Heightened Senses

Hello. I'm Imraan. This is the only thing I own outright; I write from time to time, in the hopes that free-association might save a trip to a sanatorium.

Tag: Soul.

Living in this world; outrage at evil or seeing the Good of God?

Friends – all three of you! –  I thought I’d share a passage mentioned in the introduction to a translation of a short treatise the great sage and master, ibn al-‘Arabī of Andalusia, wrote to an aspirant. He seems to in some way, renounce the world and somewhat subvert traditional ideas on wayfaring (from what I gather), but this is a subject for another discussion.

I quote a short passage from the introduction, wherein ibn al-‘Arabī mentions his encounters with one of the elite sages and saints of God, one of the ‘abdāl’ about which he wrote extensive passages (as I understand it), in his most major text, the Futuḥāt al-Makkiyya – The Meccan Openings, and their cosmological roles.

Here is an encounter he had with one of them: [from ‘The Four Pillars of Spiritual Transformation,’  trans. Stephen Hirtenstein, (Oxford: Anqa Publications, 2008) pp 14-15]

“Apart from his own personal meetings with such saints, he also relates three incidents regarding other people that he personally knew and one of the abdāl: one as a part of this treatise, which involved one of his companions in al-Andalus…and twice in his Futūḥāt. The Futūḥāt meetings shed further light on the elevated degree of these men of God, who exhibit apparently miraculous powers:

‘I once met one of the wandering pilgrims on the sea-coast between Marsā Laqīṭ and the light-house [near Tunis]. He told me that on the same spot had he come across one of the abdāl walking upon the waves of the sea. He said: “I greeted him and he returned my greeting. This was a time of great injustice and oppression in the country, so I asked him what he thought of all the terrible things that were happening in the country. He glared at me angrily and said: “What is it to you or to God’s servants? Don’t speak of anything but that which is good! May God grant you help and accept your apology for this.”‘

I wonder, then, if this is a way (and I do recommend the text) if the Great Shaykh tells us to try to look past the apparent tragedy and carnage, but simultaneously to find ourselves less attached to the world and its outcomes? We may not need a Benedict Option, if in one way or another we are able to connect ourselves to the Divine through a process of gradual renunciation through some spiritual rigours? What say you? Do we need to be perpetually on-edge due to geopolitical or local concerns, or should we place our trust – though this is a matter of Grace – somewhere else? Someplace…Higher?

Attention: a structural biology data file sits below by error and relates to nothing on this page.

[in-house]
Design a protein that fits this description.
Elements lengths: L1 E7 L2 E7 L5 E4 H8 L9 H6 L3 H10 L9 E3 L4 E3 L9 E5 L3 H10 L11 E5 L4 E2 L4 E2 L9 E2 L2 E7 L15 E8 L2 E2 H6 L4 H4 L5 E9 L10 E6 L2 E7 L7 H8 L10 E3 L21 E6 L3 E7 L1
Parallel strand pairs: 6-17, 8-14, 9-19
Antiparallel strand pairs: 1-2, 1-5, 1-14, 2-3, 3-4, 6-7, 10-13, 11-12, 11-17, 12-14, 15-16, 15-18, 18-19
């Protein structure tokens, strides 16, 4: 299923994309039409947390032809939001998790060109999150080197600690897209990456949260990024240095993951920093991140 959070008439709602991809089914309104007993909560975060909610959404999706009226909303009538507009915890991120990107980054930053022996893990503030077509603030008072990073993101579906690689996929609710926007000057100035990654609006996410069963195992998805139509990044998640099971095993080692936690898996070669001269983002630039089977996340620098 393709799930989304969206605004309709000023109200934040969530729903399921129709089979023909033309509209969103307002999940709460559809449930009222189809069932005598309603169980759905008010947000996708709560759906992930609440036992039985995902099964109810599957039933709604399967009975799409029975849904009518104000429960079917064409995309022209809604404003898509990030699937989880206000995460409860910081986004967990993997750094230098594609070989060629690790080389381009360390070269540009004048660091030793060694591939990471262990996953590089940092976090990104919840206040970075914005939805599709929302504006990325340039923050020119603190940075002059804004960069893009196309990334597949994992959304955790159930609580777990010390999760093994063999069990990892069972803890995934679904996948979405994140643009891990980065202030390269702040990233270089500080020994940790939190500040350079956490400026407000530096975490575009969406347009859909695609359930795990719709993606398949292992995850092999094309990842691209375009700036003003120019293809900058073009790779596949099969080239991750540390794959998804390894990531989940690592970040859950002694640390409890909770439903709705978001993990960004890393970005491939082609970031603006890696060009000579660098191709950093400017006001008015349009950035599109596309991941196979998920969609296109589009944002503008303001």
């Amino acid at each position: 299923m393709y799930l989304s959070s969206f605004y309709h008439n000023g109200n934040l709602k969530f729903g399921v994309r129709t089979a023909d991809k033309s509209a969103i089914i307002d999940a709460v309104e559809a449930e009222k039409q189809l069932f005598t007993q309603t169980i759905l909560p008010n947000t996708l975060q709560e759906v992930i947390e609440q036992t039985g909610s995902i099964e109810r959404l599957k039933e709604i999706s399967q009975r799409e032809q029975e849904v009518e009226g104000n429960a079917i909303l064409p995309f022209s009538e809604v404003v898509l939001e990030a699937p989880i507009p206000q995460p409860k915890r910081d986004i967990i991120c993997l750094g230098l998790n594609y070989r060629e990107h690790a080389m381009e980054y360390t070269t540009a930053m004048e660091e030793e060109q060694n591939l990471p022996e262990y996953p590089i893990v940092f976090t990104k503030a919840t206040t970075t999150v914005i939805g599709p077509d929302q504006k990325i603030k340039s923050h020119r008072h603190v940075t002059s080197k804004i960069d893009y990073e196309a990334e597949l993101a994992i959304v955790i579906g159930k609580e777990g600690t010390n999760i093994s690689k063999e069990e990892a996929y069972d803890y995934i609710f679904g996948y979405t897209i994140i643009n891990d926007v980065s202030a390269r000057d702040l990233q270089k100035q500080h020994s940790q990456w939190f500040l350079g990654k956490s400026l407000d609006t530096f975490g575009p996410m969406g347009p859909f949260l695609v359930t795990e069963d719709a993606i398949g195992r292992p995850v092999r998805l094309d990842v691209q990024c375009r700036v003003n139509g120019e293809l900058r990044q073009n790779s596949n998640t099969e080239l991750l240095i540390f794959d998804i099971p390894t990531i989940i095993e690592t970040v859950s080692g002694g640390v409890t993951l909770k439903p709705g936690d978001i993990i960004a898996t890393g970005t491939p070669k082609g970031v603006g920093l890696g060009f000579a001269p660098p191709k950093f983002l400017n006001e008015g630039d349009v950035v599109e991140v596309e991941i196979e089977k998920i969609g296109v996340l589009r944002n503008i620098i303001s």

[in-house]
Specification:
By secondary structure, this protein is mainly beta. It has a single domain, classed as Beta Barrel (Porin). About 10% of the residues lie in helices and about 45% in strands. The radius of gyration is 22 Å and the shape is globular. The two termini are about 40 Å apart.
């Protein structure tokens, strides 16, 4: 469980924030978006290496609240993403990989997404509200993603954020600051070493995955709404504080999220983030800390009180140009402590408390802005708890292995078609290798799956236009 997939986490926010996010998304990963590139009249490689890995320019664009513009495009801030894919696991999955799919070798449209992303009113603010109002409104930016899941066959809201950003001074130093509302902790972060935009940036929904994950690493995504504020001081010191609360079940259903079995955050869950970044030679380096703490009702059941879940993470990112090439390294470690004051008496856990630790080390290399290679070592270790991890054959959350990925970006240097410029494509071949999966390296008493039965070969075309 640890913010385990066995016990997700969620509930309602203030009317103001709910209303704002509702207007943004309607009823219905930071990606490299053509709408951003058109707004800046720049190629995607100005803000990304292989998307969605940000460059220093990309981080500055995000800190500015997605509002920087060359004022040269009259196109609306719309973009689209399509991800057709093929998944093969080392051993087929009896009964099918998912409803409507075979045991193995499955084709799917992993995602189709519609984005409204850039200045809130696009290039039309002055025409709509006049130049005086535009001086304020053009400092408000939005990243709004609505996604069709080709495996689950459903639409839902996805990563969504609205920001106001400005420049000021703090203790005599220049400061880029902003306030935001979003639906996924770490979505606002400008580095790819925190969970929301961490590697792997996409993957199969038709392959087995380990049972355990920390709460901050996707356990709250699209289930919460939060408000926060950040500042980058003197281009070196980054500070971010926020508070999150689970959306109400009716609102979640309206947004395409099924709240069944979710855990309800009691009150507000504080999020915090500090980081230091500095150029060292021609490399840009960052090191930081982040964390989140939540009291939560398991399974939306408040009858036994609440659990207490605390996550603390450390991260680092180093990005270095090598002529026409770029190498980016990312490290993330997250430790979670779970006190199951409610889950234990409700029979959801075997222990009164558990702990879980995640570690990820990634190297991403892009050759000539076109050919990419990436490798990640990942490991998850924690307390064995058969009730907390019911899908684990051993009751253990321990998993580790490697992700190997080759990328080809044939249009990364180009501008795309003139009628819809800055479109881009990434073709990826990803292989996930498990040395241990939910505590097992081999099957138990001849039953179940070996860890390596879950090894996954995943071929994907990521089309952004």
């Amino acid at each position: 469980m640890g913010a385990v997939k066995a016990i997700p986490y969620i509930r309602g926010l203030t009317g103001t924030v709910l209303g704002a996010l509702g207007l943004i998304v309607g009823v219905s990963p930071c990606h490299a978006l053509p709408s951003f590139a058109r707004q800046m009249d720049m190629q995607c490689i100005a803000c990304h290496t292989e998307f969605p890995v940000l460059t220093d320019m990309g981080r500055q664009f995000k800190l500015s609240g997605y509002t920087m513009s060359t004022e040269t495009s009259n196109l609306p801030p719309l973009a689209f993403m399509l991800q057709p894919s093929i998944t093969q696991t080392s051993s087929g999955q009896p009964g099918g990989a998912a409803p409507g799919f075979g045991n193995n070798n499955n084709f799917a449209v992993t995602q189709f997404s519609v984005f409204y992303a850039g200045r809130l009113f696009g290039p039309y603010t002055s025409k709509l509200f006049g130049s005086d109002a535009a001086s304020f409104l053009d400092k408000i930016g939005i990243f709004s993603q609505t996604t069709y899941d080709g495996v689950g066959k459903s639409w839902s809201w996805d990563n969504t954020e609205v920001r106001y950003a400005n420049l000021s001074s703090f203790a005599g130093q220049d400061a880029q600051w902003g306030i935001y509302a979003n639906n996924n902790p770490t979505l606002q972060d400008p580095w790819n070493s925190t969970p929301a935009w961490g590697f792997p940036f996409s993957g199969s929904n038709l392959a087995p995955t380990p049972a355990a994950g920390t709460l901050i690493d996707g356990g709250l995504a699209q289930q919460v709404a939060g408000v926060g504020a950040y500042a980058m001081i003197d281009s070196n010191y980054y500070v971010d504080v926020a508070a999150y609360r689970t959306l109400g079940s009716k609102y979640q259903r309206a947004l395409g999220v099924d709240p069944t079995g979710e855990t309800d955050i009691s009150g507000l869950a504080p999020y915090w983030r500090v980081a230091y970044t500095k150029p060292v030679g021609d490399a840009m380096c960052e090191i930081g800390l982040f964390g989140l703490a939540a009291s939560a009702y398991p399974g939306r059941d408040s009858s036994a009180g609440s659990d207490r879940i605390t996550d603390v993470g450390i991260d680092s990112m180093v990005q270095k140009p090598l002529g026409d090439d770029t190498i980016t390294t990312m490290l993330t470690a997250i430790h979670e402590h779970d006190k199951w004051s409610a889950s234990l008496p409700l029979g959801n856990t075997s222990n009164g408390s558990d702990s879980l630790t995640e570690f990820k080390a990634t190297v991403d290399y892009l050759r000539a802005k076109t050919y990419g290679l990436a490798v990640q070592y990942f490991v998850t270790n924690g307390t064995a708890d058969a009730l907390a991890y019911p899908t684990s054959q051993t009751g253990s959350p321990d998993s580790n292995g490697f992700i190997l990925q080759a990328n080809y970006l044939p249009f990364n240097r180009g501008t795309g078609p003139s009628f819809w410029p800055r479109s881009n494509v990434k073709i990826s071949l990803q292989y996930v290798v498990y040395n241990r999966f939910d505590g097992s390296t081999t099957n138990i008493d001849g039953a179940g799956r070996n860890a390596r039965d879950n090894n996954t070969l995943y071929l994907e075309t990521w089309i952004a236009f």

Walk then in the way I shall indicate, but do not ask for an explanation.

   At the idea of God the mind is baffled, reasons fail; because of God the heavens turn, the earth reels. 
   From the back of the fish to the moon every atom is a witness to his Being.
   The depths of the earth and the heights of heaven render him each their particular homage.
   God produced the wind, the earth, the fire, and blood, and by these he announces his secret. 
   He took clay and kneaded it with water, and after forty mornings placed therein the spirit which vivified the body. 
   God gave it intelligence so that it might have discernment of things. 
   When he saw that intelligence had discernment, he gave it knowledge, so that it might weigh and ponder. 
   But when man came in possession of his faculties he confessed his impotence, and was overcome with amazement, while his body gave itself up to exterior acts. 
   Friends or enemies, all bow the head under the yoke which God, in his wisdom, imposes; and, a thing astonishing, he watches over us all…
   There is none but Him. But, alas, no one can see Him. The eyes are blind, even though the world be lighted by a brilliant sun. Should you catch even a glimpse of Him you would lose your wits, and if you should see Him completely you would lose yourself…
   When the soul was joined to the body it was part of the all: never has there been so marvellous a talisman. The soul had a share of that which is high, and the body a share of that which is low; and it formed of a mixture of heavy clay and pure spire. By this mixing, man became the most astonishing of mysteries. We do not know nor do we understand so much as little of our spirit. If you wish to say something about this, it would be better to keep silent. Many know the surface of the ocean but they understand nothing of its depths; and the visible world is the talisman which protects it. But this talisman of bodily obstacles will be broken at last. You will find the treasure when the talisman disappears; the soul will manifest itself when the body is laid aside. But your soul is another talisman; it is, for the mystery, another substance. Walk then in the way I shall indicate, but do not ask for an explanation.”

From The Conference of the Birds, (C.S Nott [Trans]), as found in The Inner Journey: Views from the Islamic Tradition, Edited by William C. Chittick as part of the PARABOLA Anthology Series, Series Editor Ravi Ravindra; Morning Light Press (Idaho, Sandpoint: 2007), p. 103.

%d bloggers like this: